For Francis Ddembe, becoming a monthly donor to Women’s College Hospital is a meaningful way to give back to the place that helped him regain his health after arriving in Canada as a refugee.
Searching for a safe and secure future for himself and his family, Francis left his home country of Uganda in 2018 to start a new life in Canada. After arriving as a refugee, Francis was connected with Sojourn House in Toronto—a community shelter and transitional housing program that assists newcomers with their integration into Canadian society.
Refugees arriving in Canada must deal with the stressors of their refugee status, the immediacy of finding housing and employment, cultural and language barriers to be overcome, and the journey of resettlement in new communities. As a result, healthcare can easily slip down the priority list—a reality Francis experienced first-hand during his transition. Knowing he had an underlying heart condition, but preoccupied with settling in Toronto, it was six months before he could turn his attention to his health.
After meeting with a resident physician at the shelter, Francis was connected to Women’s College Hospital’s Crossroads Clinic—Toronto’s first hospital-based refugee health clinic—to begin addressing his health concerns. “When I first arrived, I didn’t know what would lie ahead of me,” he says. “Not until I came to Women’s College Hospital. Before that, I was worried about finding care but the hospital has been so helpful.”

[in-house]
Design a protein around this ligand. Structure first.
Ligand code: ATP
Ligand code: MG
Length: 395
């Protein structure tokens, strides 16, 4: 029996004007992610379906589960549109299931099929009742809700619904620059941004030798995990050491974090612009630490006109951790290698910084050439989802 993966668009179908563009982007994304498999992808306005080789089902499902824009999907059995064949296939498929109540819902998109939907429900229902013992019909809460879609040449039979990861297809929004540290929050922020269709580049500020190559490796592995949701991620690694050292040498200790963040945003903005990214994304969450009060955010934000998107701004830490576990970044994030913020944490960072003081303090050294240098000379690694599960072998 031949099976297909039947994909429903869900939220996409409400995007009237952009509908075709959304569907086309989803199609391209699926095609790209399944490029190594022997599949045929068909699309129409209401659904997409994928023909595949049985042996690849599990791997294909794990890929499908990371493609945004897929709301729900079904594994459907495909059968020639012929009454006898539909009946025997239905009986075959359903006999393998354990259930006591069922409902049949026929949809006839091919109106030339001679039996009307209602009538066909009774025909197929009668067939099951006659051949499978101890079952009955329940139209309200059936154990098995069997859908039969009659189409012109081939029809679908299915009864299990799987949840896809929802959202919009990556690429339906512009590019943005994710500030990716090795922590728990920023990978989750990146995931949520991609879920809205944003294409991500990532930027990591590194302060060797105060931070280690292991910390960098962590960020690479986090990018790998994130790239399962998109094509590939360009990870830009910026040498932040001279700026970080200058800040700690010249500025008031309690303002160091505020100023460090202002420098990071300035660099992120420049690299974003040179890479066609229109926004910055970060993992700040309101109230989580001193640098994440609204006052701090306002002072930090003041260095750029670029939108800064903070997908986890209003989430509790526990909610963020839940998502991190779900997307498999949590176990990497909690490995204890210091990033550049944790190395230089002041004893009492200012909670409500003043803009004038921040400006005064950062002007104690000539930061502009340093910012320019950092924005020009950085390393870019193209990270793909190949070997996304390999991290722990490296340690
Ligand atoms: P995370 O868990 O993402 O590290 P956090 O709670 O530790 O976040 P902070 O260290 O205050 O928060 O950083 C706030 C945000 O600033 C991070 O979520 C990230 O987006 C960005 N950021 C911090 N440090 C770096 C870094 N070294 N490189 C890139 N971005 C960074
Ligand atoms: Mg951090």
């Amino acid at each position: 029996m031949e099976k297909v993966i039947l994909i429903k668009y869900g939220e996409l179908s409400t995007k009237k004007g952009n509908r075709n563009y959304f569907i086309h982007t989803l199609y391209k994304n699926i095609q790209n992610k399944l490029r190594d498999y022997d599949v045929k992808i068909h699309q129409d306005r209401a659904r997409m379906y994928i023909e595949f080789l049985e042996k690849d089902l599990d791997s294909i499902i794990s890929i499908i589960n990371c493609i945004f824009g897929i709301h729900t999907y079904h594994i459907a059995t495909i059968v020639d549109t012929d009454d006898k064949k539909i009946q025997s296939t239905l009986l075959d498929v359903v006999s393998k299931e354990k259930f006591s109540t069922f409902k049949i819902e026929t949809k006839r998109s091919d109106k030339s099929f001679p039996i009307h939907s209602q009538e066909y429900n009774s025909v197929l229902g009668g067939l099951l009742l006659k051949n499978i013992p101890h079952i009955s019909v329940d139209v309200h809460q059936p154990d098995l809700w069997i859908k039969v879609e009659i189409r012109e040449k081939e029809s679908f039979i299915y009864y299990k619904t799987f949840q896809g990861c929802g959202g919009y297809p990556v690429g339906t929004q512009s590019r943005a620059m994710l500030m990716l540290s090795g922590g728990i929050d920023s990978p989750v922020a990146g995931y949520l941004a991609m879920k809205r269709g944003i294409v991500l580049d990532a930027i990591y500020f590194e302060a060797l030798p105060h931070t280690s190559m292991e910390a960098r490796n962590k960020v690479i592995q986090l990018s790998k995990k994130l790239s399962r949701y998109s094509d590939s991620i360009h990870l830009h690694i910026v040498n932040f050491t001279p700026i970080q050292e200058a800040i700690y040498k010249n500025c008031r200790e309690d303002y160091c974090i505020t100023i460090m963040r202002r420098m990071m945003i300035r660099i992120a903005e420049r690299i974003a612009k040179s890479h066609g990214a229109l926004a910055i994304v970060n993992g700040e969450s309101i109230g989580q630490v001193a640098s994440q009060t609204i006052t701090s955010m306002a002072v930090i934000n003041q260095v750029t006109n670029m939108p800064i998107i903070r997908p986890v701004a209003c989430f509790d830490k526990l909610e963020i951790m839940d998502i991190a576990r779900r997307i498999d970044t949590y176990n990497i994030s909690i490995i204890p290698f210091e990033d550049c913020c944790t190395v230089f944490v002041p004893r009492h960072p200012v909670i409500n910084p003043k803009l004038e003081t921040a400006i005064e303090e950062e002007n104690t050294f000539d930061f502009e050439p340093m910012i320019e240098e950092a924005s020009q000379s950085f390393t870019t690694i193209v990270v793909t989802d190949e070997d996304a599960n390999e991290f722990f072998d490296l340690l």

Through community partnerships with Sojourn House and other refugee support programs in the city, the Crossroads Clinic is helping to improve access to healthcare for newcomers to Canada by providing comprehensive care and support for those who need it most.
Dr. Praseedha Janakiram, Francis’ physician at the Crossroads Clinic, says that offering a dedicated clinic specific to the needs of refugees is an important part of helping them settle in Canada. “Our patients are arriving from countries and regions of conflict and persecution. Many have spent months or years without healthcare access,” she says. “Others may have experienced stigma during previous healthcare experiences in their home settings. Having a sensitive, dedicated clinic that serves the refugee community and is compassionate to their unique needs is essential to supporting our patients as they rebuild their lives.”
Francis says the care he receives is helping get his health back on track. “They’ve made it so easy for me to attend my appointments and keep on top of my heart condition,” he says. “My health is really improving since I’ve been coming to the hospital and the doctors have taken such good care of me.”
Grateful for the care he received at the Crossroads Clinic, Francis was inspired to give back by becoming a monthly donor to Women’s College Hospital Foundation.
“I feel like I need to give back to Women’s College Hospital for what they have done for me,” he says. “I am in much better shape and I am so grateful for the care I received. This is my way of saying ‘thank you.’”